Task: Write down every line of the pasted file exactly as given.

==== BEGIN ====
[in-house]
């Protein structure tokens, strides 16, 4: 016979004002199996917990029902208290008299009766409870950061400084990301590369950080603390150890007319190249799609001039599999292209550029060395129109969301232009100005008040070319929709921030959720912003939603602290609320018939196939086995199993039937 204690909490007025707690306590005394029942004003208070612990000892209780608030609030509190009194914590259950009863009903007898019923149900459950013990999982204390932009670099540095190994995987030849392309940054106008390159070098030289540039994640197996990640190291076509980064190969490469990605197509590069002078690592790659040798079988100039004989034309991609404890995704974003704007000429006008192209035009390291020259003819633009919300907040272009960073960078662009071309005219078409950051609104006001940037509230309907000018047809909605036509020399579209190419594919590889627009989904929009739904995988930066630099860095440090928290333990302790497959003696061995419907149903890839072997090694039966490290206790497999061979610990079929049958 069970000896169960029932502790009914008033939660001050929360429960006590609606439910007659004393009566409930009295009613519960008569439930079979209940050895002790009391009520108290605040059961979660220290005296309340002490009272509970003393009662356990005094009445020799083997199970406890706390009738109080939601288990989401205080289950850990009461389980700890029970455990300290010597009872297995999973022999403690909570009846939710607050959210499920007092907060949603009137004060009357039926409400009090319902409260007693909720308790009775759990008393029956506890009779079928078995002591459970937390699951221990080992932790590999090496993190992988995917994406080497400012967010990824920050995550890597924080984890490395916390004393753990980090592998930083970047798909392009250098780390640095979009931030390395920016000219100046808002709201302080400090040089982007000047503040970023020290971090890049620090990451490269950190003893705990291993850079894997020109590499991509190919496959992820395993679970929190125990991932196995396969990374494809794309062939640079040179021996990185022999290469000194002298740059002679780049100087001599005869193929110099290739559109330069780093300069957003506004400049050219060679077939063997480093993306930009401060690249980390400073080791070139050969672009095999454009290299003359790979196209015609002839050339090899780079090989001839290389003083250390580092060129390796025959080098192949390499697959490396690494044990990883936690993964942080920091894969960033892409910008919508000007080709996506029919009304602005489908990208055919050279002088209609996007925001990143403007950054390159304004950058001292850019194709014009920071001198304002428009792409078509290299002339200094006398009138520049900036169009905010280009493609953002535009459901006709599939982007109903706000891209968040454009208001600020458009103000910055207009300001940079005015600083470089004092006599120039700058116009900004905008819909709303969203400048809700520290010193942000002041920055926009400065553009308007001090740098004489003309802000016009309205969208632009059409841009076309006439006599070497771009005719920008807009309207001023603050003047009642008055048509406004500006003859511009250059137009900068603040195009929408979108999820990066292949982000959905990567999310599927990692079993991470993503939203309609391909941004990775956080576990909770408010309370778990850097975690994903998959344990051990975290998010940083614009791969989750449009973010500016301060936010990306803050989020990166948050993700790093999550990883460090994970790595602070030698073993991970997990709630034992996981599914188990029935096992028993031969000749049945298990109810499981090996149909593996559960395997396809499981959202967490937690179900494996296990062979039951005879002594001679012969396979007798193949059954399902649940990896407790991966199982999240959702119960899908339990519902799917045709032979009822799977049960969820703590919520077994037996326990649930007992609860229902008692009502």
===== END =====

[in-house]
């Protein structure tokens, strides 16, 4: 016979004002199996917990029902208290008299009766409870950061400084990301590369950080603390150890007319190249799609001039599999292209550029060395129109969301232009100005008040070319929709921030959720912003939603602290609320018939196939086995199993039937 204690909490007025707690306590005394029942004003208070612990000892209780608030609030509190009194914590259950009863009903007898019923149900459950013990999982204390932009670099540095190994995987030849392309940054106008390159070098030289540039994640197996990640190291076509980064190969490469990605197509590069002078690592790659040798079988100039004989034309991609404890995704974003704007000429006008192209035009390291020259003819633009919300907040272009960073960078662009071309005219078409950051609104006001940037509230309907000018047809909605036509020399579209190419594919590889627009989904929009739904995988930066630099860095440090928290333990302790497959003696061995419907149903890839072997090694039966490290206790497999061979610990079929049958 069970000896169960029932502790009914008033939660001050929360429960006590609606439910007659004393009566409930009295009613519960008569439930079979209940050895002790009391009520108290605040059961979660220290005296309340002490009272509970003393009662356990005094009445020799083997199970406890706390009738109080939601288990989401205080289950850990009461389980700890029970455990300290010597009872297995999973022999403690909570009846939710607050959210499920007092907060949603009137004060009357039926409400009090319902409260007693909720308790009775759990008393029956506890009779079928078995002591459970937390699951221990080992932790590999090496993190992988995917994406080497400012967010990824920050995550890597924080984890490395916390004393753990980090592998930083970047798909392009250098780390640095979009931030390395920016000219100046808002709201302080400090040089982007000047503040970023020290971090890049620090990451490269950190003893705990291993850079894997020109590499991509190919496959992820395993679970929190125990991932196995396969990374494809794309062939640079040179021996990185022999290469000194002298740059002679780049100087001599005869193929110099290739559109330069780093300069957003506004400049050219060679077939063997480093993306930009401060690249980390400073080791070139050969672009095999454009290299003359790979196209015609002839050339090899780079090989001839290389003083250390580092060129390796025959080098192949390499697959490396690494044990990883936690993964942080920091894969960033892409910008919508000007080709996506029919009304602005489908990208055919050279002088209609996007925001990143403007950054390159304004950058001292850019194709014009920071001198304002428009792409078509290299002339200094006398009138520049900036169009905010280009493609953002535009459901006709599939982007109903706000891209968040454009208001600020458009103000910055207009300001940079005015600083470089004092006599120039700058116009900004905008819909709303969203400048809700520290010193942000002041920055926009400065553009308007001090740098004489003309802000016009309205969208632009059409841009076309006439006599070497771009005719920008807009309207001023603050003047009642008055048509406004500006003859511009250059137009900068603040195009929408979108999820990066292949982000959905990567999310599927990692079993991470993503939203309609391909941004990775956080576990909770408010309370778990850097975690994903998959344990051990975290998010940083614009791969989750449009973010500016301060936010990306803050989020990166948050993700790093999550990883460090994970790595602070030698073993991970997990709630034992996981599914188990029935096992028993031969000749049945298990109810499981090996149909593996559960395997396809499981959202967490937690179900494996296990062979039951005879002594001679012969396979007798193949059954399902649940990896407790991966199982999240959702119960899908339990519902799917045709032979009822799977049960969820703590919520077994037996326990649930007992609860229902008692009502």